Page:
The power struggle between the British Empire and Russian Empire for influence in Central Asia during the 19th century was afterwards coined as the Great Game. In this strategic rivalry, Afghanistan played a key role because the British feared that the Russians would use Afghanistan as a base for forthcoming invasions into the then British colony India. The recent statements of US and Asian policy-makers might suggest that a new Great Game is underway, this time in the area of the South China Sea.
The South China Sea (SCS) is the semi-enclosed sea from the south of China to the north of Indonesia and from the east of Malaysia to the west of the Philippines. The territorial demarcations aredisputed for decades as are the questions of sovereignty over the islands and islets which are located within the SCS. Several claimants such as Vietnam, Malaysia, Taiwan, the Philippines, and China currently possess islets in the SCS and question each other’s rights to do so. This situation has only marginally changed during the last twenty years, upgrading of military outposts on the islets being the notorious exception.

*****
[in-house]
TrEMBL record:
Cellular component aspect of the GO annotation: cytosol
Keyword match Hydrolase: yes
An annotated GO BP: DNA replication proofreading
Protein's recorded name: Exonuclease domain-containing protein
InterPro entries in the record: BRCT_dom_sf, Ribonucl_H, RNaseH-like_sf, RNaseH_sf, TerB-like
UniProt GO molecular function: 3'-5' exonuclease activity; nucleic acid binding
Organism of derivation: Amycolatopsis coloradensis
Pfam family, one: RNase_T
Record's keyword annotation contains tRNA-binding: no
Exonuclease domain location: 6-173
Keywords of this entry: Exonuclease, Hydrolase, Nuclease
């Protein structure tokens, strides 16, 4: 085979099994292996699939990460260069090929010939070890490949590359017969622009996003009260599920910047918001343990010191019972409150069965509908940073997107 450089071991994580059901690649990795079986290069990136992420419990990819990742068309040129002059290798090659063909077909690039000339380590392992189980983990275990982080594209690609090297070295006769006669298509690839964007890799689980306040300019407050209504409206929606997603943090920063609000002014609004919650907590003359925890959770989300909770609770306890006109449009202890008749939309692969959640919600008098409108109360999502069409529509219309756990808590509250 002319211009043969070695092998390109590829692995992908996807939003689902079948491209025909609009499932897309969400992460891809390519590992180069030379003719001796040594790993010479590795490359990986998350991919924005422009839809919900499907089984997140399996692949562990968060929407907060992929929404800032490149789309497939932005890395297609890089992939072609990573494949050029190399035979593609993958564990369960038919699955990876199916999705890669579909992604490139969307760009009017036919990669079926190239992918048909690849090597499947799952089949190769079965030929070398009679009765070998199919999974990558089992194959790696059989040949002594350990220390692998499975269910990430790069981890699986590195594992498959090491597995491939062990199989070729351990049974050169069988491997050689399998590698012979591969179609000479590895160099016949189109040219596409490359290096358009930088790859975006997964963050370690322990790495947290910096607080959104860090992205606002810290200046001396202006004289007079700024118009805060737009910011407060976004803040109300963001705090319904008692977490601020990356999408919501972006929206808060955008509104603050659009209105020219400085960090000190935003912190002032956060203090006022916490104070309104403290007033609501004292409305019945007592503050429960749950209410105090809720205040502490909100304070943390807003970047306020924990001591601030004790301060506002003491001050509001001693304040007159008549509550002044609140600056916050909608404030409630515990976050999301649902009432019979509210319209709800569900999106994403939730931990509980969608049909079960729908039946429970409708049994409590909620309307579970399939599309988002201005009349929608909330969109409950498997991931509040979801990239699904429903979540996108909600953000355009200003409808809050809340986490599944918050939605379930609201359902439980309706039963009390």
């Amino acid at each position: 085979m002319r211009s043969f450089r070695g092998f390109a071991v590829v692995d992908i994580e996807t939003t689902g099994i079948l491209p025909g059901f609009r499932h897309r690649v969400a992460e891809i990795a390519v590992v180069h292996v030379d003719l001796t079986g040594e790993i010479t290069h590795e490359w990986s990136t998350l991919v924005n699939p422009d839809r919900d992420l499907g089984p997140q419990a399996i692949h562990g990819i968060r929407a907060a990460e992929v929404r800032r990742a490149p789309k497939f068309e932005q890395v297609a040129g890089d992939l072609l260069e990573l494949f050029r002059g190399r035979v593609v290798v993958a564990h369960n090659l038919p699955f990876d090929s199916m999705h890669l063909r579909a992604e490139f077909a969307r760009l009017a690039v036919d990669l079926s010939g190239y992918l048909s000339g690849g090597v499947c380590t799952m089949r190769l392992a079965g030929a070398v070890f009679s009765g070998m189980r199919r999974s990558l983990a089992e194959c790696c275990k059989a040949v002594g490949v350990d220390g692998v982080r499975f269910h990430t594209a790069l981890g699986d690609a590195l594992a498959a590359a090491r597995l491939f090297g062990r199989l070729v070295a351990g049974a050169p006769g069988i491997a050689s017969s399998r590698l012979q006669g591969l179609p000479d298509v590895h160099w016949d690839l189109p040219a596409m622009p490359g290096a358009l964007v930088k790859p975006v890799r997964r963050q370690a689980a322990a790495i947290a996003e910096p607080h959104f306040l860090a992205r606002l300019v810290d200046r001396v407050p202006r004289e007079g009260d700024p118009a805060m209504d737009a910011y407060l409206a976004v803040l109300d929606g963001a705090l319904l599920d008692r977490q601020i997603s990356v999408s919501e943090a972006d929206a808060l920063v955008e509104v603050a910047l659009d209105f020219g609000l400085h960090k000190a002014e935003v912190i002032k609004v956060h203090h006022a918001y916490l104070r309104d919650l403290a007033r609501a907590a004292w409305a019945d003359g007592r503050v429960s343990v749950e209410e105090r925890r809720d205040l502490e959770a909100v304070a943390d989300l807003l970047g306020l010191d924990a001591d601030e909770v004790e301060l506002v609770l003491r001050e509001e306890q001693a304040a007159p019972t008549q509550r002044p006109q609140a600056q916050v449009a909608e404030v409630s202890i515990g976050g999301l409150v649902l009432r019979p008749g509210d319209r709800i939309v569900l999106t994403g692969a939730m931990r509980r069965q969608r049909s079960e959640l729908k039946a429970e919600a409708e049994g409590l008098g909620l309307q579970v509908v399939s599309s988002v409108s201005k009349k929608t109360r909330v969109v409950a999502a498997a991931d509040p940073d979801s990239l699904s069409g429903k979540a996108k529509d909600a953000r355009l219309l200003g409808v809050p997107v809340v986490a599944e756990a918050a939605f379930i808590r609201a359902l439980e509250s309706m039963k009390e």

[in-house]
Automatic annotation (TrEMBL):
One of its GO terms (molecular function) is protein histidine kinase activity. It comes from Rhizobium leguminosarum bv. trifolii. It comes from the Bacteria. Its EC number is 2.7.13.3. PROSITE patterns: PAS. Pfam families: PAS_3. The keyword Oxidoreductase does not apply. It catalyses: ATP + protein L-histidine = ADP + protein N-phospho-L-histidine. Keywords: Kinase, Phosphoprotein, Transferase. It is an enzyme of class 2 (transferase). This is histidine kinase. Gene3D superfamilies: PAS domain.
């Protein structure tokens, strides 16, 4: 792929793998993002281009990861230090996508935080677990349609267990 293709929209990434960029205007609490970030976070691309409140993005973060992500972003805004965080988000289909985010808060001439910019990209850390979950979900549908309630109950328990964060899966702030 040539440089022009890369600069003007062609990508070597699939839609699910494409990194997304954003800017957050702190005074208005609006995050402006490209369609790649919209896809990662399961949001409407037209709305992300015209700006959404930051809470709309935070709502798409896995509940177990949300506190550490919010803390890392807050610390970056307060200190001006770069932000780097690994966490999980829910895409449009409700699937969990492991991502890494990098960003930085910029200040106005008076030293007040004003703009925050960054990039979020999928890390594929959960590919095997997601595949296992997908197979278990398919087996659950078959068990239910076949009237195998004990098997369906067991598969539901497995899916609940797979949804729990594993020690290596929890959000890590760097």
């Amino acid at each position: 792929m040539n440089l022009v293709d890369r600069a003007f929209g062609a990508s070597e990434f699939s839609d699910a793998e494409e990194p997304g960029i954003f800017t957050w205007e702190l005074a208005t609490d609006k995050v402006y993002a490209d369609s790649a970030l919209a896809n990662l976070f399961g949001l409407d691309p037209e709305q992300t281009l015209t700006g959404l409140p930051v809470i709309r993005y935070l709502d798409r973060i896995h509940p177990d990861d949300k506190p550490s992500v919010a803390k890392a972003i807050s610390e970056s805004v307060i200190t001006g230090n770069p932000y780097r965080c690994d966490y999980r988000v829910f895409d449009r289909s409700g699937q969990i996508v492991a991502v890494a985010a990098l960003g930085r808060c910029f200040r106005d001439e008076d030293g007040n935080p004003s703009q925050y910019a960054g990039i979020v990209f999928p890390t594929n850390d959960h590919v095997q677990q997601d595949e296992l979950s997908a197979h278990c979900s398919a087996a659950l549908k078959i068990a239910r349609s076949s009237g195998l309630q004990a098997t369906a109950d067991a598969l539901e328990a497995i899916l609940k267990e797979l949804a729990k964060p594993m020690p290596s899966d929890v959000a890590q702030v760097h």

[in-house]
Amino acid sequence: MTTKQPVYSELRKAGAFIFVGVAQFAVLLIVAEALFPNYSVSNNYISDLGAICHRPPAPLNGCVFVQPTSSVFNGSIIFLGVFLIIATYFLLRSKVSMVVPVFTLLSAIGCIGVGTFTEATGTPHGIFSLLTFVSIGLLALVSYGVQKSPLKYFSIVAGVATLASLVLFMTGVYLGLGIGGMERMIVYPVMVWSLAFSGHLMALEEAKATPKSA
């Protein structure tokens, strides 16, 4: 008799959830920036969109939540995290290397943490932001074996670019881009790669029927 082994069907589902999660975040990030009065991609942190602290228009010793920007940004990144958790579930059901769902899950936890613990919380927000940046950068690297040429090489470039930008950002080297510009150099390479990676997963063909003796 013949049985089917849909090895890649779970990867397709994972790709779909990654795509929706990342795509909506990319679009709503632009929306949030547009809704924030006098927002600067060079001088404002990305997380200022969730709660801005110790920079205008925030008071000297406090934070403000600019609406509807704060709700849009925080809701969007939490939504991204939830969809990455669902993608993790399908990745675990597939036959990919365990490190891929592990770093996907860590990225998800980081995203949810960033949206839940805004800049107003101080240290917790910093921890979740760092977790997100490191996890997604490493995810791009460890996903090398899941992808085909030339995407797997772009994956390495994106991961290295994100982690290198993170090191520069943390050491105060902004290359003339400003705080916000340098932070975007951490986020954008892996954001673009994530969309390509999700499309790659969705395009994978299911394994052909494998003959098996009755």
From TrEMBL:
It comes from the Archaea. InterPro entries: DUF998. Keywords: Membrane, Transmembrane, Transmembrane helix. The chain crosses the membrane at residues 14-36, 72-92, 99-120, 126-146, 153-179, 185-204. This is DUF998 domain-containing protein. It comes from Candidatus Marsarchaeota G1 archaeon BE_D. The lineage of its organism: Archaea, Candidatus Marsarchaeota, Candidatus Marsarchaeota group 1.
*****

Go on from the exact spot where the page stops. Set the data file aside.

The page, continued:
There are different reasons for the importance of these areas in the SCS, substantial fish stocks, existing and assumed energy resources (e.g., oil and gas resources) and highly frequented sea lanes are the main causes for interest.
The various fish stocks in the SCS build the economic basis for millions of fishermen in the littoral states, furthermore, the fish catch plays a pivotal part in the nutrition of the people living in this area. The demarcation of waters and the possession islets are important means to claim fishing rights in the area.
Published in Political Reflection Magazine Vol. 3 No. 1